Tinnitus can mean many things for many different people with 20% of Americans reporting this common problem, ranging from a mild ringing nuisance to a debilitating and life-altering experience. It may be one sound or multiple sounds such as buzzing, humming, or high pitched ringing, a pulsing sensation, and can even be perceived as a musical tune. With the exact cause of tinnitus difficult to pinpoint, understanding important facts about hearing damage can make dealing with tinnitus significantly easier and expand treatment options for those who suffer from the bothersome buzzing.
Tinnitus is the acute or chronic perception of noise or sound in the ears when not externally present due to damage to small sensory hair cells in the cochlea that sends auditory information to the brain. This condition is extremely common, as 15% to 20% of people experience chronic ringing in their life. Tinnitus is usually a symptom of an underlying condition, such as age-related hearing loss, damage to the inner ear or cochlea due to repetitive exposure to loud or harmful sounds, or a circulatory system disorder, and depending on the case, can last hours, days, or a lifetime. Though not often a serious health risk, the constant ringing can range from a mild nuisance to a debilitating struggle, with studies linking tinnitus to sleep disorders, depression, and difficulty performing day to day activities.
Though the exact cause of tinnitus is difficult to pinpoint, studies show patients can experience tinnitus from a wide array of contributing factors, ranging from damage to the inner ear, underlying medical conditions, and some controllable risks you may find surprising. Prolonged exposure to high volume sounds at or above 85 decibels, age-related hearing loss, diabetes, or medication such as ibuprofen and certain antibiotics deemed harmful to the ear and its nerve supply, can cause chronic tinnitus in patients, while acute or temporary tinnitus can be caused by more unusual circumstances, such as excessive build up of ear wax, ear infections, and even alcohol consumption. Alcohol has been shown to limit your ability to understand lower frequency sounds such as speech by creating a toxic environment for cochlear hair cells, leading to possible tinnitus symptoms.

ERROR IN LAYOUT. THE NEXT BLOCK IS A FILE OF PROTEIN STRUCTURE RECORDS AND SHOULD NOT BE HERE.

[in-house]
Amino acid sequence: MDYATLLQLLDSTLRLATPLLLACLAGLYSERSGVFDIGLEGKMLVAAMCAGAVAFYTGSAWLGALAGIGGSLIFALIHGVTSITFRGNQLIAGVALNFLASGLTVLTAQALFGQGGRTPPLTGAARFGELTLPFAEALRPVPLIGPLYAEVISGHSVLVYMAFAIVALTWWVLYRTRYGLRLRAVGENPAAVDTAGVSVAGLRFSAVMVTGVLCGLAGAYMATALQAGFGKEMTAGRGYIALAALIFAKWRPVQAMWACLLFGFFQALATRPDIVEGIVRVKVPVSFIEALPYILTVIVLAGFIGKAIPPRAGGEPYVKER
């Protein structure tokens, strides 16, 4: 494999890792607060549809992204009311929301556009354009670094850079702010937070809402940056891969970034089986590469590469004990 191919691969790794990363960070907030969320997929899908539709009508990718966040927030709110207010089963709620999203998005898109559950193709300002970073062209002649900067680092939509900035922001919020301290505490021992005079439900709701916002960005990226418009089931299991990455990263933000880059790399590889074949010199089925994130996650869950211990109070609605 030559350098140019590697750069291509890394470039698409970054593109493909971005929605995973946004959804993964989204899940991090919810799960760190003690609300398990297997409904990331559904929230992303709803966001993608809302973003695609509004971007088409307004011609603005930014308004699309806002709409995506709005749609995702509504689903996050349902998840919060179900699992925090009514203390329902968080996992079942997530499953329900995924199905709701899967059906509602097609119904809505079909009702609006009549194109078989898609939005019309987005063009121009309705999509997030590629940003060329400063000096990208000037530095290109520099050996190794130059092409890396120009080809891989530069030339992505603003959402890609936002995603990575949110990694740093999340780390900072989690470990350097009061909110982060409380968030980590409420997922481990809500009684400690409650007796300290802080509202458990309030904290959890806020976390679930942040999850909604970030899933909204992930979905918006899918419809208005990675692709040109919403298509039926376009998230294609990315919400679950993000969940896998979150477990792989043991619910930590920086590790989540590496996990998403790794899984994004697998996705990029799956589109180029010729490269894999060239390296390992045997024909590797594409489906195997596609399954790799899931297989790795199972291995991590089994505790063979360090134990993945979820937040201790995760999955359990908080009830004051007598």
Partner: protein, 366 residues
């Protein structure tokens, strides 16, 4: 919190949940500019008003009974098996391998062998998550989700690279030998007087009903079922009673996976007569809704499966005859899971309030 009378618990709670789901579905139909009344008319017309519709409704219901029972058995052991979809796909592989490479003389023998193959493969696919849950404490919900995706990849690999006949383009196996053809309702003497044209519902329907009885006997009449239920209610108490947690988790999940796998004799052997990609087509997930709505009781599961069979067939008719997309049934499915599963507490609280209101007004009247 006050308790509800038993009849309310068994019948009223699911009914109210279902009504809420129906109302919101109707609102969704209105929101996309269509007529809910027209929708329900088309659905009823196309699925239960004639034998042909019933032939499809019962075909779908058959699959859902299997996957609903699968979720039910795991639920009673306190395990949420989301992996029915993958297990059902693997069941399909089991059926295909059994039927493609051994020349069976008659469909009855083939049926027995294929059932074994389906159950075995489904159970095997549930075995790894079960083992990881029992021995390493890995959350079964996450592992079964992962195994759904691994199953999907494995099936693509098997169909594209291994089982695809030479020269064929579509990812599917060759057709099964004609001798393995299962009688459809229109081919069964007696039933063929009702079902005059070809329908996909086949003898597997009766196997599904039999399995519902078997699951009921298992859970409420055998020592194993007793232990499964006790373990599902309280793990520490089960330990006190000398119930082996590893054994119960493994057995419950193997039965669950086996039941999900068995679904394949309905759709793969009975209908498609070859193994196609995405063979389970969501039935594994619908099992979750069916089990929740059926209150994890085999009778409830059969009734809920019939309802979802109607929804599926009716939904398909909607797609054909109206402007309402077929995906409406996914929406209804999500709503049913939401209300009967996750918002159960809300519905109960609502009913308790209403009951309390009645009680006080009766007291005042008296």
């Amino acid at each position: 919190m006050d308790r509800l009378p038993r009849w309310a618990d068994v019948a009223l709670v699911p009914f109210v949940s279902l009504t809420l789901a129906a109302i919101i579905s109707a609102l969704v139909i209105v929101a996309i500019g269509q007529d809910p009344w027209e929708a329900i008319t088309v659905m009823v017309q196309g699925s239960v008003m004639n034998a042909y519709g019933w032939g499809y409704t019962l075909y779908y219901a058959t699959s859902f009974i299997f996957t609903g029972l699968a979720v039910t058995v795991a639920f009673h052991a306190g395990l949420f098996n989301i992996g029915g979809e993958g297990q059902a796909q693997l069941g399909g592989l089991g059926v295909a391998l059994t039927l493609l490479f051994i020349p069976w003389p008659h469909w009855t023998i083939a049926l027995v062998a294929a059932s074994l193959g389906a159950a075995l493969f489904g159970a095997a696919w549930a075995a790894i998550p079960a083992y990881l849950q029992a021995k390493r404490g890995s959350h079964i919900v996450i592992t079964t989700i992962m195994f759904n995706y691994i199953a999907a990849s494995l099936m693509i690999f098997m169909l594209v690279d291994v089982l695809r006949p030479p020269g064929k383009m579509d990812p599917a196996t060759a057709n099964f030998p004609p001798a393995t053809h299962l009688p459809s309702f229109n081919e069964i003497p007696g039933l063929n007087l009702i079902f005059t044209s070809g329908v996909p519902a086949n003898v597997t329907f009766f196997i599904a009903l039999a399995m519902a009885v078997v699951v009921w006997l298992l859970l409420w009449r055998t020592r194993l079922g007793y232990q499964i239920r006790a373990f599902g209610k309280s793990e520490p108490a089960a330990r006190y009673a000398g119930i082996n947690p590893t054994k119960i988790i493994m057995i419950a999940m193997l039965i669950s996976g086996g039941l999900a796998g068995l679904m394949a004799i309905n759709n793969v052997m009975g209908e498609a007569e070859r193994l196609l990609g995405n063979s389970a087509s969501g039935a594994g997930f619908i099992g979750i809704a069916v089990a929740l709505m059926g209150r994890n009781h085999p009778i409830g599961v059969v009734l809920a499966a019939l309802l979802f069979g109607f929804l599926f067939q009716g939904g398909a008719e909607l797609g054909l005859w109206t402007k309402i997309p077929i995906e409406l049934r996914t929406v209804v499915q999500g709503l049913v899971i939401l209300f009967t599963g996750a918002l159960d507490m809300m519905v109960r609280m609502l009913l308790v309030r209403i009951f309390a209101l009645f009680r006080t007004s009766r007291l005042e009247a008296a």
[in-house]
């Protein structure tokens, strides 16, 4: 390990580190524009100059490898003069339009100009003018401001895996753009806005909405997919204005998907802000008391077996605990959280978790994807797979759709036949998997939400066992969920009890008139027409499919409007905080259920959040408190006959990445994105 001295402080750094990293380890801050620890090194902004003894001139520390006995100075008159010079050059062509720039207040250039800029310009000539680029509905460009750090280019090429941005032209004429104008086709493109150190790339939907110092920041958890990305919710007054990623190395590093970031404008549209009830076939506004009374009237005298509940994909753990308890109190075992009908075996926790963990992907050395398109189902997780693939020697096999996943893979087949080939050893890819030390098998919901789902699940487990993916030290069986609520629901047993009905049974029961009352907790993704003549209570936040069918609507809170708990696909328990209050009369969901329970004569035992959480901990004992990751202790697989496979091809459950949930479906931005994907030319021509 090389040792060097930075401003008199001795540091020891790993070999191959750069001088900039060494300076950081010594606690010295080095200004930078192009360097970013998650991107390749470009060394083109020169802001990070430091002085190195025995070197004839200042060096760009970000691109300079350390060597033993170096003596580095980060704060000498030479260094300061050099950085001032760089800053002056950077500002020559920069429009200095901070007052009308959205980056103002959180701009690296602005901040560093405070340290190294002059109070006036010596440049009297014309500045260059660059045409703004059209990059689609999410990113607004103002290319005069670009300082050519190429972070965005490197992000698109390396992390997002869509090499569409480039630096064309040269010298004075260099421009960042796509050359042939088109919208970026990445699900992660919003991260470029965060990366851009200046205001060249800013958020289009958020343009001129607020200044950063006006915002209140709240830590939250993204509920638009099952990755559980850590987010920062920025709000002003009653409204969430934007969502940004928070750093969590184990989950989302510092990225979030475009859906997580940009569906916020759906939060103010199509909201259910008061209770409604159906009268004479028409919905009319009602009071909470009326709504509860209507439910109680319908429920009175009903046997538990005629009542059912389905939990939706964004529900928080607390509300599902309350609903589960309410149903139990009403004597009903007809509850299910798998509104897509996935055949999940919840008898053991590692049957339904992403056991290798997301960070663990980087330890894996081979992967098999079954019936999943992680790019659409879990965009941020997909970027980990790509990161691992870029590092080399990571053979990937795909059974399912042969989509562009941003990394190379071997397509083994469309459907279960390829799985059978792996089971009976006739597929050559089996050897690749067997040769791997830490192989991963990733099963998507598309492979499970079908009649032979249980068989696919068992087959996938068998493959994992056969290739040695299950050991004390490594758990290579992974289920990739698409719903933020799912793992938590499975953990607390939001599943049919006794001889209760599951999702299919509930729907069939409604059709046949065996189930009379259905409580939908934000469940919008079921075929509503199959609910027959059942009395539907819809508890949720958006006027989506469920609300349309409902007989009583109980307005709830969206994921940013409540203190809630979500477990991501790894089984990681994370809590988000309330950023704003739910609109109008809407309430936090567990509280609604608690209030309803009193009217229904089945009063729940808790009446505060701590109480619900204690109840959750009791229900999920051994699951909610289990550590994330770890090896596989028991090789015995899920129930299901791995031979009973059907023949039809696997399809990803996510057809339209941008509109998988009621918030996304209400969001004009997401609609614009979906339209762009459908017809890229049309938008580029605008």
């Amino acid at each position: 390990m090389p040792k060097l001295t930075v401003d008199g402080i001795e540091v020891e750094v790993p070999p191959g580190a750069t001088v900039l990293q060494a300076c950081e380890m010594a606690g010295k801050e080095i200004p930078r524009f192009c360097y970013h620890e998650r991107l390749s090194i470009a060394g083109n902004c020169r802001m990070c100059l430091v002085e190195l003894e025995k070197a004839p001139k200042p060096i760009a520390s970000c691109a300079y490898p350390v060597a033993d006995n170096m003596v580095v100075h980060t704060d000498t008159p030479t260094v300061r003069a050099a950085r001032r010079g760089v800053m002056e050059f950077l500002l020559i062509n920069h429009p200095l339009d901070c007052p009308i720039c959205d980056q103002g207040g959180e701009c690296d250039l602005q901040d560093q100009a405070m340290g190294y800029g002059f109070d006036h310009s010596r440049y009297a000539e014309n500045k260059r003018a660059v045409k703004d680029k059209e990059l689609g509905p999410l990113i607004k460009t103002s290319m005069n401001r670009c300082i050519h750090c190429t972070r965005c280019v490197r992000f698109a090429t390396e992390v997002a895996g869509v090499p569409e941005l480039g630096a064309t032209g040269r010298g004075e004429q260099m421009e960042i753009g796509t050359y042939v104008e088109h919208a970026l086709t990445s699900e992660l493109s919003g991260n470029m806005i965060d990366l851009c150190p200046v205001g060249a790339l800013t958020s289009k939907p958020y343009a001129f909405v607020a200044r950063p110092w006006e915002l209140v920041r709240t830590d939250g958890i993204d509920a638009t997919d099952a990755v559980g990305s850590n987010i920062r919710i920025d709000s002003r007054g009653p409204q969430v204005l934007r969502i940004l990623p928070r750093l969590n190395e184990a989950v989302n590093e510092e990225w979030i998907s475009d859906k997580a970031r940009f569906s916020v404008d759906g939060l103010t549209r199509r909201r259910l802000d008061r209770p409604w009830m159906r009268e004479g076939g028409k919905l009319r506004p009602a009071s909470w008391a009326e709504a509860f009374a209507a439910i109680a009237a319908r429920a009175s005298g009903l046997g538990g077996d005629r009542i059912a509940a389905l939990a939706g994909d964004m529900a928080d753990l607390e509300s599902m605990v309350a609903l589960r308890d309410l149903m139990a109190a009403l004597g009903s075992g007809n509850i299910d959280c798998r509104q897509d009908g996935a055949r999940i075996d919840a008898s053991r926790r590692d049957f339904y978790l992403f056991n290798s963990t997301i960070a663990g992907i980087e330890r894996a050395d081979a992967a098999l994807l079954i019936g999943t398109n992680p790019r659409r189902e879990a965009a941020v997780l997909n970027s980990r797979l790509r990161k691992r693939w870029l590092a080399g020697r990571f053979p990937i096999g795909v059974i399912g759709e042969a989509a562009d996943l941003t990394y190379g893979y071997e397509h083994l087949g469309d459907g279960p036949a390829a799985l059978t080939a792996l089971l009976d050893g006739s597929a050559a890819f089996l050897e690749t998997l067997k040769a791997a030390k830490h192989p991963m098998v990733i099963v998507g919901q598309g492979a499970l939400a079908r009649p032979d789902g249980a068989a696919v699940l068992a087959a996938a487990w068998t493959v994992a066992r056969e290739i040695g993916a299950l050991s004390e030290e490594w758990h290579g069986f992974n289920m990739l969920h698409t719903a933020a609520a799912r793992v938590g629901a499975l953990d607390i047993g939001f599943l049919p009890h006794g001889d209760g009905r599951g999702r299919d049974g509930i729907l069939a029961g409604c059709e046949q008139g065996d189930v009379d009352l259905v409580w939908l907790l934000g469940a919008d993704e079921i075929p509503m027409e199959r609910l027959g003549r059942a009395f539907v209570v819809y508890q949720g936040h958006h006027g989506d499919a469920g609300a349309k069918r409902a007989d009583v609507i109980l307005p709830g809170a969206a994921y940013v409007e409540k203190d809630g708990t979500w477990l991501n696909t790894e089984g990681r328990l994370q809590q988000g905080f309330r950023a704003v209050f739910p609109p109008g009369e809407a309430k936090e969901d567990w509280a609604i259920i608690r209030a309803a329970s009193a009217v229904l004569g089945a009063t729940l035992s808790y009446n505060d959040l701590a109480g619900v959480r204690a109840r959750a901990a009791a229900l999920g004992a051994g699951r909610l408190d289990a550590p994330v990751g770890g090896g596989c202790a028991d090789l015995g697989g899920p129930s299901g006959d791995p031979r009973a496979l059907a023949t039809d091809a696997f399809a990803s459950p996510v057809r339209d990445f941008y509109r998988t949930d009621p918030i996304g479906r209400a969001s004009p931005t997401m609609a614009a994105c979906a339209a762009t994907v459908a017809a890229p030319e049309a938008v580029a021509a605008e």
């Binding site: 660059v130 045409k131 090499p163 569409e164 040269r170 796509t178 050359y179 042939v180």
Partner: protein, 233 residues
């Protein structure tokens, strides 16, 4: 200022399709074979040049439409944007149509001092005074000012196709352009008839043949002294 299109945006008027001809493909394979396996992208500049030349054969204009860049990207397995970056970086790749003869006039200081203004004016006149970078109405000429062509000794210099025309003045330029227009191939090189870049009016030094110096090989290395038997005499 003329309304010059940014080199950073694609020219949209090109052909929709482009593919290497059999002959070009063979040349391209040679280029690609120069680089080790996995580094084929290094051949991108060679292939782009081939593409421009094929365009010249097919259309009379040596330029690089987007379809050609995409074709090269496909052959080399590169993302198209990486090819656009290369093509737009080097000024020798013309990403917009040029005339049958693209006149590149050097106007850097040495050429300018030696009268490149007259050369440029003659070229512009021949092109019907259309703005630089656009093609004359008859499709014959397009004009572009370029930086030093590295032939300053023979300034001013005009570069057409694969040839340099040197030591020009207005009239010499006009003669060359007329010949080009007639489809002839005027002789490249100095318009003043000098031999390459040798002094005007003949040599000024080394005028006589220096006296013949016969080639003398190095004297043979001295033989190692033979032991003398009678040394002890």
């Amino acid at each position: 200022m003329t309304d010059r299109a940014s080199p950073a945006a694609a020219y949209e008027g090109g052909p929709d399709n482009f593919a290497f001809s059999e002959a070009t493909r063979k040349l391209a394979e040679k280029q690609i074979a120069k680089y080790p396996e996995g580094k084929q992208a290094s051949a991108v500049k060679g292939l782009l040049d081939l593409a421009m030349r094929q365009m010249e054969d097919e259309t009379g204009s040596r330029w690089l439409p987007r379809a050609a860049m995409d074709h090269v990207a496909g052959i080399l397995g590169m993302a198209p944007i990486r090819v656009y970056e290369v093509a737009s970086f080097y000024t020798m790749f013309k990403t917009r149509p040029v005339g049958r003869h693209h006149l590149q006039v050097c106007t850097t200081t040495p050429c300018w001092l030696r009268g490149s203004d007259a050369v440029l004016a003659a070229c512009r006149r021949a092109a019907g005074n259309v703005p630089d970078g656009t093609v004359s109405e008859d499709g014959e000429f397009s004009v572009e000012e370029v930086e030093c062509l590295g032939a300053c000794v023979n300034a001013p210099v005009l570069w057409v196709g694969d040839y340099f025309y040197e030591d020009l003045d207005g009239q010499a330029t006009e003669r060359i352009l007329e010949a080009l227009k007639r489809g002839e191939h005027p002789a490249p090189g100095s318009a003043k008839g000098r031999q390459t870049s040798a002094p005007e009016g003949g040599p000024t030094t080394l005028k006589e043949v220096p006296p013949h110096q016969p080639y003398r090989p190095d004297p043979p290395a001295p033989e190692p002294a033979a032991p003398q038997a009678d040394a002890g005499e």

Though pinpointing the causes of tinnitus can be difficult, there are numerous treatment options that have shown positive results for those who suffer from the noisy nuisance. If hearing loss is suspected, getting your hearing tested by a licensed audiologist can help determine the severity of damage and provide options for treatment such as hearing aids, sound masking devices, sound therapy, and behavioral therapy. Treatment of underlying conditions such as diabetes, circulatory system disorders, or the changing of prescribed medication by a health care provider may also prove helpful when addressing chronic tinnitus. For those enduring acute or temporary tinnitus, health care providers may suggest options depending on the severity of your condition, such as wax removal, diet change, stress reduction, or the reduction of alcohol consumption.